Tuesday, April 22, 2014

"Rules" A short film

In the four years of us attending SVA in Manhattan, Director Brendan Steere and I had always talked about working on a project together, but never seemed to have calendars that lined up. We finally got that chance on Brendan's new short, "Rules."

My first impression of Brendan's work was when I heard he had his film "VelociPastor" aired on G4's Attack of the Show, and was blogged about by The Huffington Post. Since then, Brendan has gone on to direct his first feature, Animosity, which won Best Horror Feature and Best Actress at Buffalo Screams International Film Festival. It was also nominated for Best Screenplay and Best Director.

Brendan would always have new ideas for films in his head that he might drop hints of getting together, and finally, we were both able to get together to make this one happen.

"Rules" was shot on the SR3 with the Zeiss Distagons. We had a great crew to make this film possible:

Assistant Director: Brandon Taylor
First AC/Loader: Javier de Pablos Velez
Second AC: Dominic Galeano
Camera PA: Mike Sherry

Sound Recordists: Gideon Hwang and Steve Burgess
Sound Mixing/Editing: Steve Burgess
Colorist: Tom Knight
Music: John Paul Decker

Set Photographer: Alyssa Meadows

Jesse Turits, Shannon Spangler, and Tracy Willet

Brendan shot me the script when I was shooting for LA Fashion Magazine down in Cancun, Mexico. Our shooting schedule was a little hectic at the time, so I told myself I would read it later when things settled down, but I thought I'd just check how many pages the script was... to find that it was only three.

I read the script on the spot and loved it. Straight forward and to the point. The film opens just before a "big moment," and ends just after. Strangely enough, this is the reason why I like Hemingway as an author, and Brendan had later told me Hemingway was one of his inspirations.

Having a script as short as this one gave us quite a bit of breathing room. It actually gave us so much breathing room that stress for time was almost non-existent.  Brendan and I actually found ourselves worrying about not worrying about anything.. if that makes any sense.  Overall, we were working with a two day schedule in Brendan's hometown of Brodheadsville, Pennsylvania.

 The film is a memory of a boy, who at one time in his young life, kissed his cousin in a closet.

 In Brendan's words:

"It feels like a small event that really has no major influence on someone's life, but would stick in their mind forever. Maybe it was thrilling and a huge deal at the time, but when our main character is 35, the most it'll be is "Oh weird, I kissed Emily that one time." That's really interesting to me. This also ties into the idea of it being so short, as when I have memories like this, it's really just a flash of sensation, like what happens in the kissing montage. I get hit by the wave of a memory and then it's over as quickly as it came. So you remember it just as this random event, without much context, because you know the larger context, but probably forget what you ate that morning or where you had to go to after that, etc. It's an isolated story, stranded somewhere in the ürtext of your life."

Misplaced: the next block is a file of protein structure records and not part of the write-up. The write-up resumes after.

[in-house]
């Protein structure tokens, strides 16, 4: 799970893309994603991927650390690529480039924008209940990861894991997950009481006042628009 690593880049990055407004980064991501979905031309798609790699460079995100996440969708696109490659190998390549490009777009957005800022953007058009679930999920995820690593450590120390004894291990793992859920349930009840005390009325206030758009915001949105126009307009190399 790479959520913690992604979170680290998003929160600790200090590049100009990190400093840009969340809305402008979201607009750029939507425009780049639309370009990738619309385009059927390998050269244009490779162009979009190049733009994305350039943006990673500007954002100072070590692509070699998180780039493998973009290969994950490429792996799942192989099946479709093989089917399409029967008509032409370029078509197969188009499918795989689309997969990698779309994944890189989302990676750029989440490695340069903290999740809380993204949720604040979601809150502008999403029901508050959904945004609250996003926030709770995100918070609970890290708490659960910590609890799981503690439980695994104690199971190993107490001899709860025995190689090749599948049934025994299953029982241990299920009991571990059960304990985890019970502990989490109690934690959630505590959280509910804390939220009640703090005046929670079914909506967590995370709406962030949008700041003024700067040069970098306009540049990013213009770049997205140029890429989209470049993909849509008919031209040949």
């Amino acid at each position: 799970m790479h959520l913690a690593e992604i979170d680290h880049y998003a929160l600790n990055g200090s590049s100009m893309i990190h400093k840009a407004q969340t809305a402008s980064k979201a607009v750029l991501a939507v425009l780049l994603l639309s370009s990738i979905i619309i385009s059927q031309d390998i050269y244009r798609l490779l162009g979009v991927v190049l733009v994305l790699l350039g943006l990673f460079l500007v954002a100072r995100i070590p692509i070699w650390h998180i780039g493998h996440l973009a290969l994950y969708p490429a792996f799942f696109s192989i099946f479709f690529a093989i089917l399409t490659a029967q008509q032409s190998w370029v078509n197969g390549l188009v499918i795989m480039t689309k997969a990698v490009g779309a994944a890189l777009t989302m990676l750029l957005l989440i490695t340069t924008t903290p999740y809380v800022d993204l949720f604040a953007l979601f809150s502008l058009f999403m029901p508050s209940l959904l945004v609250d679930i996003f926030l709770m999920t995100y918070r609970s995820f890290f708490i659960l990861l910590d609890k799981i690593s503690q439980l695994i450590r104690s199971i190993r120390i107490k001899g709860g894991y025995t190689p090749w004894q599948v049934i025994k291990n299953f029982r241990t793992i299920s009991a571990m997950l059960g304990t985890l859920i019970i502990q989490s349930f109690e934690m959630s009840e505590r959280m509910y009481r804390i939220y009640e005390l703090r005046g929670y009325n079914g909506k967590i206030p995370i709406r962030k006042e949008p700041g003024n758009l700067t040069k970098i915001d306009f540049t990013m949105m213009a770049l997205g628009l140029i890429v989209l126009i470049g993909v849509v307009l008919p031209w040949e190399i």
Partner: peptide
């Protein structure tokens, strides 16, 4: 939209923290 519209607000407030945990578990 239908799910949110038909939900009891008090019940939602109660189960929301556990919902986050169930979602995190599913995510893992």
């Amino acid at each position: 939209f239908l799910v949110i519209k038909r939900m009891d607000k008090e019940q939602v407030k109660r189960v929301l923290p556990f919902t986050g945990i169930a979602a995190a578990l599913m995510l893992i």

We had one day of shooting at Brendan's parents home in Pennsylvania, and one day of shooting at Brendan's apartment in Brooklyn.

Suction cup mount to a car window in Brodheadsville, Pennsylvania
Dominic Galeano, the man.

When Brendan and I first sat down to talk about the "closet scene" of this film, where both characters kiss in a dimly lit closet, I proposed that we build a closet set. My initial fear with shooting in a real closet was the restriction of room (especially shooting 16mm), but also, the options we would have for lighting would be restricted as well. I had been imagining the scene from E.T., when Elliot's mother opens his closet, looking around suspiciously for an alien in her house. The closet doors had venetian-style panels built in, allowing sunlight from Elliot's room to spill in. This gave the exposure needed in the closet, but also gave nice texture to everything in it with a cookie cutting a venetian style pattern.

After settling on Brendan's apartment as the location where the set would be built and getting the dimensions, I sketched out a blueprint for what we needed, headed to Home Depot, and built a sweet closet! From the poster above, you can see what the final product looked like. From a close-up on either character, the pattern in the door gave a beautiful eye light. We put a 2k open face behind the door with 250 against the blinds to give a nice soft glow. Nothing else necessary!

Here's a timelapse of the building process:

The rest of the film's coverage was shot in Pennsylvania. These shots were all daylight dependent, and required minimal lighting. Given that we had plenty of time to set up shots, a lot of time was spent enjoying the nature and drinking tea.

Check out the trailer!

Saturday, February 1, 2014

New Zealand tour with Mt. Eden!

     I've just returned to NYC from the land of Kiwi birds and sheep, having been in New Zealand for the past two months. Seth Hagenstein and I were asked by Mt. Eden if we were interested in joining them in their "Sky is Gold Tour" in New Zealand, hitting 6 venues all across the north and South Islands of New Zealand in 12 days. I think it took us less than three seconds to give a 100% yes to their offer.

     After a 22 hour flight and a few in-flight movies, we arrive in New Zealand.

     Having never been to New Zealand, there was a lot we wanted to do. See the cities, nature, nightlife, food and discover some Kiwi things we may not be accustomed to in the U.S. Luckily with the tour being all over NZ, it wasn't hard to fit in almost everything on that list. We usually had about one day between shows which gave us some time to hang out and discover the surrounding areas, as well as transfer footage and get organized for the next day. Keeping everything together wasn't as difficult as I thought it might be, but keeping everything charged is always a challenge when embarking on any kind of road-trip. It ultimately comes down to priority when your hostel has one outlet with three laptops and 5 dead batteries. Surge protectors are key in these situations. Or you might even be lucky enough to get a motel room with... no outlets... yes, we were that lucky at times.